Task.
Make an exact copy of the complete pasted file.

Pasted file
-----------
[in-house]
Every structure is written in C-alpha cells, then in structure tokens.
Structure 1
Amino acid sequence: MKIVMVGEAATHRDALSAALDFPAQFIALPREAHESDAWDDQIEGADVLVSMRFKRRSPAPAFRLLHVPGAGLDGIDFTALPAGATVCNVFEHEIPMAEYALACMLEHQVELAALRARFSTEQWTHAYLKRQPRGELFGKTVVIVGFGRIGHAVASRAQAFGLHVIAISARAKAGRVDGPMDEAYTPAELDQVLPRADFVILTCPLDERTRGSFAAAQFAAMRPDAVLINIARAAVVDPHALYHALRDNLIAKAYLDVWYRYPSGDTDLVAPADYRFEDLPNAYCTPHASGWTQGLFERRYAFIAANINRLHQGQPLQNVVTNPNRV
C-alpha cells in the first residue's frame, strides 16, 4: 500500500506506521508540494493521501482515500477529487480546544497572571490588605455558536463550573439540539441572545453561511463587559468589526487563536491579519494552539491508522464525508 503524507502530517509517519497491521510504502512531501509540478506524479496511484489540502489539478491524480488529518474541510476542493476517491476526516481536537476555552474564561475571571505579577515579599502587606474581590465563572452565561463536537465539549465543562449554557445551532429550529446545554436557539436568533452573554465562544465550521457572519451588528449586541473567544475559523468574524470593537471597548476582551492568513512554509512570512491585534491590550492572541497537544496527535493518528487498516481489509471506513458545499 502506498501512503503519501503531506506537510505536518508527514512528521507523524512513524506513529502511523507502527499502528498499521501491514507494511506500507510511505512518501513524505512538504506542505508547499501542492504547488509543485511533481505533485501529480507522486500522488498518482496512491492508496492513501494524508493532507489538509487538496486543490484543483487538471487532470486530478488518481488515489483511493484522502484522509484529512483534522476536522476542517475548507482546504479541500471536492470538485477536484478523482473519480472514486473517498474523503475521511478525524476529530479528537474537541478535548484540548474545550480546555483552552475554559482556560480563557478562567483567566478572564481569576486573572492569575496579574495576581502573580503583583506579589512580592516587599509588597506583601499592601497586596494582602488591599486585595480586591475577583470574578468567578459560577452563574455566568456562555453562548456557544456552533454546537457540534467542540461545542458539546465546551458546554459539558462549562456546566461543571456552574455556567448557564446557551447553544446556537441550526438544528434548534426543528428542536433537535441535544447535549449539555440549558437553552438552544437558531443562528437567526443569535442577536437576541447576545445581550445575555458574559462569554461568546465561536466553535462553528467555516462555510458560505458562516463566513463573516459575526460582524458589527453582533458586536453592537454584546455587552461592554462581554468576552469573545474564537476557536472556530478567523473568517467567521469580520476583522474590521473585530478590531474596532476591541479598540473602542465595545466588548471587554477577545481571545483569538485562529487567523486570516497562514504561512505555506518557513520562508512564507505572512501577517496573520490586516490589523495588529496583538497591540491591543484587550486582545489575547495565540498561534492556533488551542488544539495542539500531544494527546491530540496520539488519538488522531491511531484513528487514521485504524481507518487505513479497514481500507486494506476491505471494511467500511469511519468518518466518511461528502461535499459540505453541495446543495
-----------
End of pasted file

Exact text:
[in-house]
Every structure is written in C-alpha cells, then in structure tokens.
Structure 1
Amino acid sequence: MKIVMVGEAATHRDALSAALDFPAQFIALPREAHESDAWDDQIEGADVLVSMRFKRRSPAPAFRLLHVPGAGLDGIDFTALPAGATVCNVFEHEIPMAEYALACMLEHQVELAALRARFSTEQWTHAYLKRQPRGELFGKTVVIVGFGRIGHAVASRAQAFGLHVIAISARAKAGRVDGPMDEAYTPAELDQVLPRADFVILTCPLDERTRGSFAAAQFAAMRPDAVLINIARAAVVDPHALYHALRDNLIAKAYLDVWYRYPSGDTDLVAPADYRFEDLPNAYCTPHASGWTQGLFERRYAFIAANINRLHQGQPLQNVVTNPNRV
C-alpha cells in the first residue's frame, strides 16, 4: 500500500506506521508540494493521501482515500477529487480546544497572571490588605455558536463550573439540539441572545453561511463587559468589526487563536491579519494552539491508522464525508 503524507502530517509517519497491521510504502512531501509540478506524479496511484489540502489539478491524480488529518474541510476542493476517491476526516481536537476555552474564561475571571505579577515579599502587606474581590465563572452565561463536537465539549465543562449554557445551532429550529446545554436557539436568533452573554465562544465550521457572519451588528449586541473567544475559523468574524470593537471597548476582551492568513512554509512570512491585534491590550492572541497537544496527535493518528487498516481489509471506513458545499 502506498501512503503519501503531506506537510505536518508527514512528521507523524512513524506513529502511523507502527499502528498499521501491514507494511506500507510511505512518501513524505512538504506542505508547499501542492504547488509543485511533481505533485501529480507522486500522488498518482496512491492508496492513501494524508493532507489538509487538496486543490484543483487538471487532470486530478488518481488515489483511493484522502484522509484529512483534522476536522476542517475548507482546504479541500471536492470538485477536484478523482473519480472514486473517498474523503475521511478525524476529530479528537474537541478535548484540548474545550480546555483552552475554559482556560480563557478562567483567566478572564481569576486573572492569575496579574495576581502573580503583583506579589512580592516587599509588597506583601499592601497586596494582602488591599486585595480586591475577583470574578468567578459560577452563574455566568456562555453562548456557544456552533454546537457540534467542540461545542458539546465546551458546554459539558462549562456546566461543571456552574455556567448557564446557551447553544446556537441550526438544528434548534426543528428542536433537535441535544447535549449539555440549558437553552438552544437558531443562528437567526443569535442577536437576541447576545445581550445575555458574559462569554461568546465561536466553535462553528467555516462555510458560505458562516463566513463573516459575526460582524458589527453582533458586536453592537454584546455587552461592554462581554468576552469573545474564537476557536472556530478567523473568517467567521469580520476583522474590521473585530478590531474596532476591541479598540473602542465595545466588548471587554477577545481571545483569538485562529487567523486570516497562514504561512505555506518557513520562508512564507505572512501577517496573520490586516490589523495588529496583538497591540491591543484587550486582545489575547495565540498561534492556533488551542488544539495542539500531544494527546491530540496520539488519538488522531491511531484513528487514521485504524481507518487505513479497514481500507486494506476491505471494511467500511469511519468518518466518511461528502461535499459540505453541495446543495